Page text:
Okay, I've finally come up with a patch that enables the OpenSSL asm
code in a way which is generically controllable and extends to other
code which may want to enable CPU-specific optimizations (e.g. libgmp).

The patch is at


It's based on a patch originally by Mike Silbersack <[EMAIL PROTECTED]>,
but the MACHINE_CPU stuff is mine and he shouldn't be blamed for it.
Speedups are on the order of 3x-5x depending on the algorithm, for
those which have asm cores available.  Even the 386 should benefit
from significant speed improvements, although I haven't tested this
patch on a 386 or 486.

It looks like the OpenSSL alpha asm code is broken (using the vendor
build process doesn't build it either) - sorry, folks.

The patch is fairly self-explanatory, and introduces a new variable
called MACHINE_CPU which contains an unordered list of the CPU
generations which we would like optimizations for, if
present. Basically, this should be set to your CPU type plus all
backwards-compatible revisions: e.g. MACHINE_CPU=i686 i585 i486 i386.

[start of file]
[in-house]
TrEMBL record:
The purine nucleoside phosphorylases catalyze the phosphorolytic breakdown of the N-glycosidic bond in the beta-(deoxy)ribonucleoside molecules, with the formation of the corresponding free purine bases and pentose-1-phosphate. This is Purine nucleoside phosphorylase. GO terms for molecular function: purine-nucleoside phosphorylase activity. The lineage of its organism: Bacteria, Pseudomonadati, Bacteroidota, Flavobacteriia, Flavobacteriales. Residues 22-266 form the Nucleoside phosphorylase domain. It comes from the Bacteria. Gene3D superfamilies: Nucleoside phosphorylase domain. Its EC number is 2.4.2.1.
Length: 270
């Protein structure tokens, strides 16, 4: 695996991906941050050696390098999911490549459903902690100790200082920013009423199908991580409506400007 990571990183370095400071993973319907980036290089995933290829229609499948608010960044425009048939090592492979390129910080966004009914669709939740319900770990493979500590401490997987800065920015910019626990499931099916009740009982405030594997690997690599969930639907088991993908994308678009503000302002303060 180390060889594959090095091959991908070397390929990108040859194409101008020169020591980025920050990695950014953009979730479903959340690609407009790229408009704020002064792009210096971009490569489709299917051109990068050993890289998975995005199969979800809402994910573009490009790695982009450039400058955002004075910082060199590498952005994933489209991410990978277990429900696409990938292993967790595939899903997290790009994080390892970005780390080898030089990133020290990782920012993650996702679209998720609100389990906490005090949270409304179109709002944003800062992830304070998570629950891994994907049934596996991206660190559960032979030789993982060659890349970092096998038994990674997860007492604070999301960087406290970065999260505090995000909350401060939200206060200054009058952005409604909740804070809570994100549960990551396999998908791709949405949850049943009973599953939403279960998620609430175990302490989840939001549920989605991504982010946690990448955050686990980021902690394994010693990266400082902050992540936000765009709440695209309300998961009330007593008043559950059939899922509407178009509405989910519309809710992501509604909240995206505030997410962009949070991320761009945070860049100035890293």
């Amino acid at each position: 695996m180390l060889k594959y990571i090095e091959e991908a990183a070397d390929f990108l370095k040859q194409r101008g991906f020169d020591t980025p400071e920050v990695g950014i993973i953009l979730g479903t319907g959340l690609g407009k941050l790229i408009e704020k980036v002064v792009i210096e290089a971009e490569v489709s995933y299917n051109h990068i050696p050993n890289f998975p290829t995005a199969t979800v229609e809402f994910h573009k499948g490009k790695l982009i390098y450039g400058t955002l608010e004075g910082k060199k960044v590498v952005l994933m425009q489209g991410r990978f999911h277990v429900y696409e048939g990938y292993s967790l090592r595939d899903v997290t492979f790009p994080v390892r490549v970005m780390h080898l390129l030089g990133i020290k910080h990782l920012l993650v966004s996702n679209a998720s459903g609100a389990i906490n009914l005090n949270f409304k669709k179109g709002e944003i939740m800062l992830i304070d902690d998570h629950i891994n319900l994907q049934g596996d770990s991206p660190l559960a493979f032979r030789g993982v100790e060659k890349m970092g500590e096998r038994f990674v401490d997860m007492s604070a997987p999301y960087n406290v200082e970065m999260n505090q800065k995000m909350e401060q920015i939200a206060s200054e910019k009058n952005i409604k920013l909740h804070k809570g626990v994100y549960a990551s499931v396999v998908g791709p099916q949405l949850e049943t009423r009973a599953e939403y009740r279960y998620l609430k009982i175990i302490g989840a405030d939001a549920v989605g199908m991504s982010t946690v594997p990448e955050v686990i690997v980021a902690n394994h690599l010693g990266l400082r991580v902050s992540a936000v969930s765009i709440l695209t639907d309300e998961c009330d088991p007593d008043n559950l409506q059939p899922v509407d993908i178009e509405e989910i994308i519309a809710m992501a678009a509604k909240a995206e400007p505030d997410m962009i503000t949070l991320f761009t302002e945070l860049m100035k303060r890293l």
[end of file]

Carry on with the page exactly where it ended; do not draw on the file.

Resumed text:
I prefer doing it this way (MACHINE_CPU being a list) since it greatly
simplifies the makefiles:

For example, OpenSSL has Pentium ASM code for several algorithm cores
in libcrypto.  This code is what we want to compile on all "pentium
class and above" CPUs (Pentium, PPro, Pentium II/III, AMD, ...), but
there is also code for 686-class CPUs, and someday there may be
AMD-optimized asm code, etc.  If MACHINE_CPU is only a single word
containing the exact CPU generation we intend to run on (e.g. "k6")
then the makefile tests for whether to use the pentium code need to
actually check for the name of all pentium-compatible CPUs and above,
and if we miss one or the user uses a name we don't support then they
won't get any optimization.  Doing it as a list (i.e. MACHINE_CPU is a
list of preferences or features we'd like) means that we can easily
pick the best code to use based on what is available, and makes it
more robust against mistakes.

I'm not sure whether the way I've introduced MACHINE_CPU into sys.mk
is the best way to do it, and whether make(1) also needs to be taught
about it.

I'd like to get this committed ASAP, please review.


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